Canada's social democrats seek to stave off parliamentary annihilation

For the third federal election in a row, the trade union-based New Democratic Party (NDP) is in survival mode. Whether Canada's social democrats can win the 12 seats needed to retain official party status in the House of Commons is very much in doubt.

And, given the NDP's current level of popular support and the vicissitudes of the first-past-the-post electoral system, it is conceivable that the NDP, which held 19 seats at the end of the last parliament, could be eliminated from the Commons altogether.

A spate of opinion polls have placed popular support for the NDP at just 8 percent, 3 percentage points less than the 11 percent of the vote it captured in the 1997 federal election. These same polls indicate that the majority of the electorate, albeit to varying degrees, opposes the right-wing, tax-cutting agenda of the Liberals, Tories and Canadian Alliance and wants increased funding for health care and other public services.

The social democrats are attempting to appeal to this popular sentiment by promising to rescind parts of the Liberals' tax-cut package that benefit only upper-income earners and to allocate more of the projected federal budgetary surpluses to health care and other public services.

But the NDP's promises and its claims to represent working people cut little ice. Nor should they.

The NDP governments that came to power at the beginning of the last decade in Ontario, British Columbia, and Saskatchewan—provinces containing half of the Canadian population—promptly betrayed their reformist promises and imposed drastic social spending cuts.

Since 1995, the Ontario Tory government has spearheaded the big business offensive against the working class. But its path to power was paved by the Rae NDP government. Workers turned to the NDP in September 1990 to shield them from the impact of a gathering recession and the wave of corporate restructuring that accompanied the introduction of the Canada-US Free Trade Agreement. Instead, Premier Bob Rae junked his own program, declaring that there was no alternative to the capitalist market economy and its dictates. The Ontario NDP government slashed public spending, imposed a wage-cutting “social contract” on 1 million public sector workers, and laid the groundwork for the introduction of workfare. Even the Walkerton poisoned-water tragedy was in part prepared by the NDP when it partially privatized water testing.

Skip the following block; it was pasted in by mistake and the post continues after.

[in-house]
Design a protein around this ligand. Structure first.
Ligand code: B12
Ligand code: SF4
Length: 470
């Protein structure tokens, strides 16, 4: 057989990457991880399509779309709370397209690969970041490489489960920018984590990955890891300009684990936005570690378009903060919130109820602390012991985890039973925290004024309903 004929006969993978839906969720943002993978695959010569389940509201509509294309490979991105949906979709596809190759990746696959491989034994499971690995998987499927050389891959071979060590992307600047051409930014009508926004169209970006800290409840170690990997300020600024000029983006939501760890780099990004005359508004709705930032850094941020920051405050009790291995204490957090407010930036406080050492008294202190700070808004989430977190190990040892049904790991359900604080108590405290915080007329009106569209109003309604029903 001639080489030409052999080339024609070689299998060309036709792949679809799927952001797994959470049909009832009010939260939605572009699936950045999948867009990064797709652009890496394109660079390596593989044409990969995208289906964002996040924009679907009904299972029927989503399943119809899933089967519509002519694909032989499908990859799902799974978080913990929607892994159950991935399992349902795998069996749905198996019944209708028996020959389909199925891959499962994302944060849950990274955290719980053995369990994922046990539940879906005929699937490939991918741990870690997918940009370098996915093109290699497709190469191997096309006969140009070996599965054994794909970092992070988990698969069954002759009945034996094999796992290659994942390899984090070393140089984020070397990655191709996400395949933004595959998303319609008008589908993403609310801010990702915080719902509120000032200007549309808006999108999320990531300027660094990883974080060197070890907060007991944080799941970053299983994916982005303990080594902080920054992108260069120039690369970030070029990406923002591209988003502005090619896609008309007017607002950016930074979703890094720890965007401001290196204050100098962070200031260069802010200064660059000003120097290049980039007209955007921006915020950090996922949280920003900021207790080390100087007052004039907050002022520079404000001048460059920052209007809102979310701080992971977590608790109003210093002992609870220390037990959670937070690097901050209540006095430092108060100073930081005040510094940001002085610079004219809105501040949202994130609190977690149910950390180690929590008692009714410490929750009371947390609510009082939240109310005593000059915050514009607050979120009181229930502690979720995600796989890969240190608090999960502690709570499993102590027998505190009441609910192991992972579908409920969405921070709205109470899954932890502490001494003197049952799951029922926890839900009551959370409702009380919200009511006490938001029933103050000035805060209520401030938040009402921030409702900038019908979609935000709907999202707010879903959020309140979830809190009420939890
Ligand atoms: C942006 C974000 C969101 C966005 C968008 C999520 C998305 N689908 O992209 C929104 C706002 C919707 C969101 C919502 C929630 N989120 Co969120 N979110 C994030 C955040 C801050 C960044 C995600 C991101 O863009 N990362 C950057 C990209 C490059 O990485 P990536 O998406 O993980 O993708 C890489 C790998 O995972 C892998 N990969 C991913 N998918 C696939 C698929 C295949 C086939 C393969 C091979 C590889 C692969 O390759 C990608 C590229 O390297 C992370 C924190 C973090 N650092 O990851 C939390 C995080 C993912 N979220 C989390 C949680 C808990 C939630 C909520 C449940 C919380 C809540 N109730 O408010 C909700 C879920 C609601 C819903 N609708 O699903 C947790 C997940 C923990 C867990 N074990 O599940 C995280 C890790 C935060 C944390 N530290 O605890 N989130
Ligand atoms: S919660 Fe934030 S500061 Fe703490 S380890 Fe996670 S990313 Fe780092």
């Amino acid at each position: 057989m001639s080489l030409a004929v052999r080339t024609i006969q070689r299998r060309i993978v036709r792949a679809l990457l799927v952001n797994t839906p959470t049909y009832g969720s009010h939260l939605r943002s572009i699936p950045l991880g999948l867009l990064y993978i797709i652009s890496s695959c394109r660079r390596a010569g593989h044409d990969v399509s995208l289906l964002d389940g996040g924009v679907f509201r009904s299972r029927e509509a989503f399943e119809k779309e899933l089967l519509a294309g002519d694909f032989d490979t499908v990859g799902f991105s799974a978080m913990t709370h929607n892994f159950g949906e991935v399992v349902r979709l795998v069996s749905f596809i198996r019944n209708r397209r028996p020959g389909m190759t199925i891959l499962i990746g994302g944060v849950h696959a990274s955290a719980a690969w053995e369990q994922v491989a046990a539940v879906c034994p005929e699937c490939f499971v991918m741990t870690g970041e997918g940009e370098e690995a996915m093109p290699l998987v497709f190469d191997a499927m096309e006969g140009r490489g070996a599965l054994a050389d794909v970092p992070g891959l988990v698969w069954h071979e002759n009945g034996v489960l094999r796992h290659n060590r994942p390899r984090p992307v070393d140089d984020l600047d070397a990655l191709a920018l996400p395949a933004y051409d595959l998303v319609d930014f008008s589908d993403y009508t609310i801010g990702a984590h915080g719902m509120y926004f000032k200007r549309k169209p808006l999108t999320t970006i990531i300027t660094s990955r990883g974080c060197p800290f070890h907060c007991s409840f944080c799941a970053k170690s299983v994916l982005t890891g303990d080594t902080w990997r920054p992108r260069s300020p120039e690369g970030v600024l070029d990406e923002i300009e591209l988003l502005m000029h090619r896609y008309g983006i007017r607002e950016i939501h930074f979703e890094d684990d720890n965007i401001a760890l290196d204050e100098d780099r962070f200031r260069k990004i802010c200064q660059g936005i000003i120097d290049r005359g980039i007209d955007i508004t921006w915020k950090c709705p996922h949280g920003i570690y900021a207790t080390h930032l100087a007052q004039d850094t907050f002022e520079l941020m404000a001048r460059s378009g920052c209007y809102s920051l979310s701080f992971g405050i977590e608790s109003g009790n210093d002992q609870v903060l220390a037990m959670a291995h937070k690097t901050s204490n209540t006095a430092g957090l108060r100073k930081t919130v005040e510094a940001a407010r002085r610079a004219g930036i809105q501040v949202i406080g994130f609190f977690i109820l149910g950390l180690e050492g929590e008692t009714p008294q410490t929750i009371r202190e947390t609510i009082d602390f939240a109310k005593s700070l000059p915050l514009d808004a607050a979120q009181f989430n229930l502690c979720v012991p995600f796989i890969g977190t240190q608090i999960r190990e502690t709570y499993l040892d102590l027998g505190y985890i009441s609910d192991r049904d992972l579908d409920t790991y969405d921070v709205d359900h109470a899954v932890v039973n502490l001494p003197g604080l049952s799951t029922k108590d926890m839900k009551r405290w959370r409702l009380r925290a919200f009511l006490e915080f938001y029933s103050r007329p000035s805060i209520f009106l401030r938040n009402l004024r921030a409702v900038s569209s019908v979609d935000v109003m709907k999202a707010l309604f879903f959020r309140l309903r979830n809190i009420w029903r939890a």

The Saskatchewan and B.C. NDP governments have followed a like trajectory. In the process of becoming the first provincial government in Canada to eliminate its annual budget deficit, the Saskatchewan NDP regime closed more than 50 rural hospitals. Then last year, when nurses revolted against years of staff shortages and declining real wages, the NDP replied with draconian strikebreaking legislation. The B.C. NDP regime has slashed welfare benefits, cut the real wages of public sector workers and broken strikes.